Unlike in litigation, most parties to an M&A transaction are actively working towards a shared, overarching goal. Namely, they both want to get the deal done expeditiously. However, it would be a mistake to assume that the interests of buyers and sellers are aligned in all respects.

There are many potential points of friction and dispute in an M&A transaction, including issues that arise after closing. This article highlights dispute resolution mechanisms available to resolve transaction-related disputes, along with points to consider when selecting a dispute resolution mechanism for your transaction.

Dispute Resolution – An Overview

"Dispute resolution" is the overarching term for how legal disputes related to a transaction can be resolved. There are three primary dispute resolution options, which we will address in turn:

  • 1. Mediation (non-binding; outside of court);
  • 2. Arbitration (binding or non-binding; outside of court); and
  • 3. Litigation (binding, but subject to appeal; before a judge or a jury in court).


Many buyers and sellers who hope to take a more collaborative approach to the transaction initially lean towards mediation as the primary form of dispute resolution. Mediation is essentially a non-binding, guided form of negotiation. The parties are represented by counsel and present their position in private to a neutral mediator who then moves between the parties acting as a deal broker.

Because mediation is voluntary, there is no guarantee of a resolution at all—particularly if tensions are high negotiating in the heat of a dispute. As a result, we typically shy away from mediation as the sole form of dispute resolution for an M&A transaction. It can, however, be used in conjunction with the other methods of dispute resolution (discussed below) to narrow the points of contention and move closer to resolution, although doing so can prolong the process and increase costs.


Arbitration is a form of private dispute resolution that utilizes the services of one or more professional arbitrators to resolve the issue. Arbitration is similar to a private trial: the parties are presented by counsel, an arbitrator or panel of arbitrators—usually highly experienced attorneys or retired judges—act as private judges, ruling on evidence, hearing the parties' arguments, and rendering a verdict.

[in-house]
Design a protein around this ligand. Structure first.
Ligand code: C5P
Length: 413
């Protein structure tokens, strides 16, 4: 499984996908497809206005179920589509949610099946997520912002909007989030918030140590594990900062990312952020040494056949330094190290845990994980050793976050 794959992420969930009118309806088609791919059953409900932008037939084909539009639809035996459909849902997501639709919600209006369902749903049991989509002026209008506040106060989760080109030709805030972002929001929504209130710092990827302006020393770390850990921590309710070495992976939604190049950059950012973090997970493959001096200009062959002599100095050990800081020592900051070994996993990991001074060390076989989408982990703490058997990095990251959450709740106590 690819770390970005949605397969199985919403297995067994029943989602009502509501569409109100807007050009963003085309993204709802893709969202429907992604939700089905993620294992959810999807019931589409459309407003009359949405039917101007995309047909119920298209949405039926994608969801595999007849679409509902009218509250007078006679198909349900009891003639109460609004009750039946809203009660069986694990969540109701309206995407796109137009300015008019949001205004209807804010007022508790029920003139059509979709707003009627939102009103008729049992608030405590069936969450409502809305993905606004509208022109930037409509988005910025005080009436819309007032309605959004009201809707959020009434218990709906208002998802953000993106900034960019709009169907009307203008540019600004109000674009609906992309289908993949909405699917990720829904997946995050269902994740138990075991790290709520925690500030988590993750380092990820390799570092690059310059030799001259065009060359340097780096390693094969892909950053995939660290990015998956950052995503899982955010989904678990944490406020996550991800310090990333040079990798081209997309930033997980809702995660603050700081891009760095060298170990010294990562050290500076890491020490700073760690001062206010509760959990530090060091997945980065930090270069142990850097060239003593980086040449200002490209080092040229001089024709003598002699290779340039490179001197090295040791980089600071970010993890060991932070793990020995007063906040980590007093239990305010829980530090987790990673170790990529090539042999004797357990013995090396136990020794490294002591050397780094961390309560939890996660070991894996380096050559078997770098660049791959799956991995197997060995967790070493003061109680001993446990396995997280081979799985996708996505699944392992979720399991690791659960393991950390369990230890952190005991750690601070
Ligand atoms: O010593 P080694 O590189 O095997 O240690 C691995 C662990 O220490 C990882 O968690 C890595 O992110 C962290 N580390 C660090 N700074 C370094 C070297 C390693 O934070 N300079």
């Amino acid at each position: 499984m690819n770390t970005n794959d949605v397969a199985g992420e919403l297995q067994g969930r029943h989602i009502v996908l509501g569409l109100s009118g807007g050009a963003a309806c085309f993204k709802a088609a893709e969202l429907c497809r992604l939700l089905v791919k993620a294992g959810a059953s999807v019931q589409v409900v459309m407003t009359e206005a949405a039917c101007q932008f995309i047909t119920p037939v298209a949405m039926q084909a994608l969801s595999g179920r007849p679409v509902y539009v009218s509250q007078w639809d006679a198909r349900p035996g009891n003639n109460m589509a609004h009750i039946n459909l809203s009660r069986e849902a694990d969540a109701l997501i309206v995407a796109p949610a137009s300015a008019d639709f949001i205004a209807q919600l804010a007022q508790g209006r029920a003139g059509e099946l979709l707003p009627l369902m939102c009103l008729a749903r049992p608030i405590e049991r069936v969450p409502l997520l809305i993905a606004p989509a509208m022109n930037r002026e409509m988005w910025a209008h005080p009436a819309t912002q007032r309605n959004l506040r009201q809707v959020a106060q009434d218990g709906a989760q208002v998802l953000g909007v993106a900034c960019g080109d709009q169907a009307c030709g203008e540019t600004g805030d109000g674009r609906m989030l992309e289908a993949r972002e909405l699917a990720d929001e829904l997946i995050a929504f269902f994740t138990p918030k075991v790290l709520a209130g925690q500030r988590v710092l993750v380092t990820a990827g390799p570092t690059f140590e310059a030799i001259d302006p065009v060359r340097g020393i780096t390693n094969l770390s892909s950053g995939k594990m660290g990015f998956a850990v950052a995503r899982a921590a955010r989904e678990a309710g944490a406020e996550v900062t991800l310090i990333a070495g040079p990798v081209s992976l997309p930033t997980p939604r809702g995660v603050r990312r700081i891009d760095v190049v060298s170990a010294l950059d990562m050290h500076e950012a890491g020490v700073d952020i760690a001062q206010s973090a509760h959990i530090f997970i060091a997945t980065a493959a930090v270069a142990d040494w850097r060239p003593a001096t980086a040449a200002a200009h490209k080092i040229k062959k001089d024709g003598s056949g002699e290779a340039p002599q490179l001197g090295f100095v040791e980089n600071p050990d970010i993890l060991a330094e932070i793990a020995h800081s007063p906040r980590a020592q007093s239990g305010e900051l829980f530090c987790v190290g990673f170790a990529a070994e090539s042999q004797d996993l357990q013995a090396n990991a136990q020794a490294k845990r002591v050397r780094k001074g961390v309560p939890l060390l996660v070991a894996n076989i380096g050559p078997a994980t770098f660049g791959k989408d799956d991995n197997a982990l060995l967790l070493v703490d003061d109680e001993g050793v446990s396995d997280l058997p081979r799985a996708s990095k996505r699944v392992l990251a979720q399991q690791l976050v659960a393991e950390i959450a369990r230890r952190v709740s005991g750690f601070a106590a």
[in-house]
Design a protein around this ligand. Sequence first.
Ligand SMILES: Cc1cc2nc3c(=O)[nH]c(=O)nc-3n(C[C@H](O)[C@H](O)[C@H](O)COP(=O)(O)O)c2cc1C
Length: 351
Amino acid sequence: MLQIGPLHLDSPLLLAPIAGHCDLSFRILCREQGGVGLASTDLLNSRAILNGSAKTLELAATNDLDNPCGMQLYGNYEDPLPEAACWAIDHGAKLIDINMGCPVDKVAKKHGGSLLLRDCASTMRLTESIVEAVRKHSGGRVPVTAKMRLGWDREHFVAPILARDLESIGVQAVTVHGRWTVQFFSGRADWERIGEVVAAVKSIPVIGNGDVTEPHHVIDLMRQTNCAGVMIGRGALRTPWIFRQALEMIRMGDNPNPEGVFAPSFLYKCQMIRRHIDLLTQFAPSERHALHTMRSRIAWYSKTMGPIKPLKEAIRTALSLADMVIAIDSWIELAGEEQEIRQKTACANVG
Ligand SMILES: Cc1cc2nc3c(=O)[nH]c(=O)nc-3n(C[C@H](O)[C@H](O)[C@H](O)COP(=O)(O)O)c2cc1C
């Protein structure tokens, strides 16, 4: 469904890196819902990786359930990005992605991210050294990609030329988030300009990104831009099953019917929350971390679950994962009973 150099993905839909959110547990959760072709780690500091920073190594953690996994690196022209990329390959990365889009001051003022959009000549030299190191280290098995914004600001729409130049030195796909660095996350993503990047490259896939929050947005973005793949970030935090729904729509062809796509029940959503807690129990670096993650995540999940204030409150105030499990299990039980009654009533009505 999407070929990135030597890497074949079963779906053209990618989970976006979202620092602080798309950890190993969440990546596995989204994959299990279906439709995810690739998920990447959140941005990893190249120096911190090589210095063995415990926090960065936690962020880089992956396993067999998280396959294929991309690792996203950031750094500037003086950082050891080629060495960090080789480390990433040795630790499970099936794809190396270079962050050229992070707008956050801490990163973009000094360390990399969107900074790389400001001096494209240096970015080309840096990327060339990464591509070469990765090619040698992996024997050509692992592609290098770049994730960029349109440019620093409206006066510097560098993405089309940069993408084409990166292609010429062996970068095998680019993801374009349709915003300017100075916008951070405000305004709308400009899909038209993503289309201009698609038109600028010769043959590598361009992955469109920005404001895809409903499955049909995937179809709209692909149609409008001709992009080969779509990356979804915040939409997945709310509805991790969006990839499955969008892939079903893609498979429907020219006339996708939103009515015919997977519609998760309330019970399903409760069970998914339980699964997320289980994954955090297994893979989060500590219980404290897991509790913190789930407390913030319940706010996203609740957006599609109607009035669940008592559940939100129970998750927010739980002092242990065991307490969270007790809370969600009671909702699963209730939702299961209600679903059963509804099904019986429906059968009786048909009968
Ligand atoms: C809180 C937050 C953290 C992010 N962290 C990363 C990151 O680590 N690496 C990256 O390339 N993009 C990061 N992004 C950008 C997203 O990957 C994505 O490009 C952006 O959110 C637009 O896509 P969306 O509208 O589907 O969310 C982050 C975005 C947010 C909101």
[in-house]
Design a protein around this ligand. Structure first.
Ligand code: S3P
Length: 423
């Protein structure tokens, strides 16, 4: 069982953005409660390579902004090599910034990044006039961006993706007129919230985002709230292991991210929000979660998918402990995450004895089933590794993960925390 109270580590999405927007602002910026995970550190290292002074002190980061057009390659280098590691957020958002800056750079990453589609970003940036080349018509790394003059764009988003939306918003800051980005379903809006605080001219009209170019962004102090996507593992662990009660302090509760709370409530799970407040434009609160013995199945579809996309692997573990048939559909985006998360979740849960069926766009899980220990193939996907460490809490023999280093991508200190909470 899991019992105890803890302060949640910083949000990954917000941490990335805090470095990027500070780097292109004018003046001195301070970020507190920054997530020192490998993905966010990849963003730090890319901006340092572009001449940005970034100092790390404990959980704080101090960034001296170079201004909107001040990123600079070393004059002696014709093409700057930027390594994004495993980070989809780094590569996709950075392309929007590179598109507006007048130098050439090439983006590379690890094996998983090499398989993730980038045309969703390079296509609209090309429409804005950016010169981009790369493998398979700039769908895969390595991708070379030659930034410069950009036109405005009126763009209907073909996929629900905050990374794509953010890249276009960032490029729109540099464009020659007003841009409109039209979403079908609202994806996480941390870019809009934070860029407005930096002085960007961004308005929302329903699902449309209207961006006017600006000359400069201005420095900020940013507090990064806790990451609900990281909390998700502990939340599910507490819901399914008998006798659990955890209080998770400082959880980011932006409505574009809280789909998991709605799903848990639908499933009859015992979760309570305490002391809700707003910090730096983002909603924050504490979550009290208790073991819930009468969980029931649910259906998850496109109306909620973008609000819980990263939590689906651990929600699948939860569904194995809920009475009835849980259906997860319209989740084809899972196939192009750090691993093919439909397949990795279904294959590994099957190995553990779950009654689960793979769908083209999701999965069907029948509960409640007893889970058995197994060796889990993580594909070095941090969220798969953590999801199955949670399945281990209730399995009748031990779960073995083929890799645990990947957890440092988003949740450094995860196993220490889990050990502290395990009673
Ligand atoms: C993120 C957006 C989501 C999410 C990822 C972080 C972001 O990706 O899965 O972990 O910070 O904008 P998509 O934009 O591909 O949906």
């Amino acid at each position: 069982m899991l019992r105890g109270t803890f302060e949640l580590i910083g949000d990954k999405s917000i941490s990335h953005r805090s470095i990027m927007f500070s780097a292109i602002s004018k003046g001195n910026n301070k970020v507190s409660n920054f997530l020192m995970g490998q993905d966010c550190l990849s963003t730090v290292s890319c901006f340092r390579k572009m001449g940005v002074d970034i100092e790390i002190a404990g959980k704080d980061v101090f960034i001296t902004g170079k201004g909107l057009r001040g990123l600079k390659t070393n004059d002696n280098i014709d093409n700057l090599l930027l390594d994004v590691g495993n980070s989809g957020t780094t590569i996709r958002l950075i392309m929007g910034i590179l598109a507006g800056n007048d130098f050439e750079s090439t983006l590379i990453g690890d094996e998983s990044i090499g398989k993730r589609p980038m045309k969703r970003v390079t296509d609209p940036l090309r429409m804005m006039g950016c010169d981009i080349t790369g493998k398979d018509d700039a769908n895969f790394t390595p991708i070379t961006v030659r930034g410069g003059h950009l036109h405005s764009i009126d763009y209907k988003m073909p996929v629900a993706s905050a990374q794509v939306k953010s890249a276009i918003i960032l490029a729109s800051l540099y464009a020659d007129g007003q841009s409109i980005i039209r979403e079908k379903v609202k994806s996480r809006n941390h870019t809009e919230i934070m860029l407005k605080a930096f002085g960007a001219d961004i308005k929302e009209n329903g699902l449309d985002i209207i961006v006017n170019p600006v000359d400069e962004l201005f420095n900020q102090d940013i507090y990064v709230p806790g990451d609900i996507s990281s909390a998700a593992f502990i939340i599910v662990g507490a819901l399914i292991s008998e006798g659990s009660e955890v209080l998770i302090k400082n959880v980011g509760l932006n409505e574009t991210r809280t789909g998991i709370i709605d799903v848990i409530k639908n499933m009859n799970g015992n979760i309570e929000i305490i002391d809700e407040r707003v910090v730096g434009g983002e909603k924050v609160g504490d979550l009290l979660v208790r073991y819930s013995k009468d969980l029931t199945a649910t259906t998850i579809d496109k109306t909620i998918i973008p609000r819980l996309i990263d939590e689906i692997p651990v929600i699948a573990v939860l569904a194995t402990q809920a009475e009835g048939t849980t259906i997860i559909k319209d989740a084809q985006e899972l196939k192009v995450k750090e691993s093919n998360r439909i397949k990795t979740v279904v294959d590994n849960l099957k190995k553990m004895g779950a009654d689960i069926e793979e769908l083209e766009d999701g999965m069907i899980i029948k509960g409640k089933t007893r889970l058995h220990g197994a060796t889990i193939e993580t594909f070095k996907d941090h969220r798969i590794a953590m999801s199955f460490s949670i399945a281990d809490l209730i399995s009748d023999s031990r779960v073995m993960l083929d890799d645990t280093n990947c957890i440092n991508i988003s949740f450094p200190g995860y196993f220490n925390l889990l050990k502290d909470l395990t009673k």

The process occurs outside of the court system and therefore has the benefit of remaining private and out of the public eye (if the parties so choose). Due to heavy caseloads and backlogs in the courts as a result of COVID-19, arbitration is also a faster path for parties in contentious disputes to have their case heard and decided by a third party in a way that can be legally binding.

This also has its drawbacks—arbitrators are not bound by the law in the same way that a judge or jury is, and therefore arbitration can be less predictable. The process moves more quickly than the court system, which means expenses are incurred in a consolidated timeframe. Depending on the dispute and the arbitration service used, it can also be more expensive than litigation and is not necessarily more efficient.

Arbitration can be either binding or non-binding, although it is rare to find non-binding arbitration in an M&A transaction given the expense and effort involved.1 Overall, for parties who are not able to resolve their conflict through mediation and need to resolve their dispute within a year, arbitration may be the favored path forward.


Litigation is the form of dispute resolution that most people are familiar with, where the parties file a lawsuit in court and have their issues resolved before a judge and possibly jury. Litigation is the "default" when the parties do not specify the form of dispute resolution in their transaction documents. The parties can also expressly agree to litigation either as the sole dispute resolution mechanism or in conjunction with one of the other options.

Litigation can be costly and time-consuming, and given court caseloads following COVID-19, even simple M&A disputes can take more than a year to get to trial. Trials can be heard in front of either a jury or a judge, although many M&A transactions expressly waive a jury trial due to the complexity of the issues (which are often better suited to a judge).

Any jury trial waiver should typically be express and conspicuous (i.e., in bold caps). It is also common for parties engaged in litigation to attempt mediation at some point in the case in order to streamline the issues in dispute.

A Note on "Forced Negotiations"

Some buyers and sellers want to include a "forced negotiation" provision in the transaction documents, where both parties agree to discuss a dispute in good faith for a certain period of time before either party can pursue one of the dispute resolution options above. The purpose of such a clause is to save the expense and headache of an actual lawsuit or arbitration proceeding, while giving the parties some time to cool off and (hopefully) find a creative solution.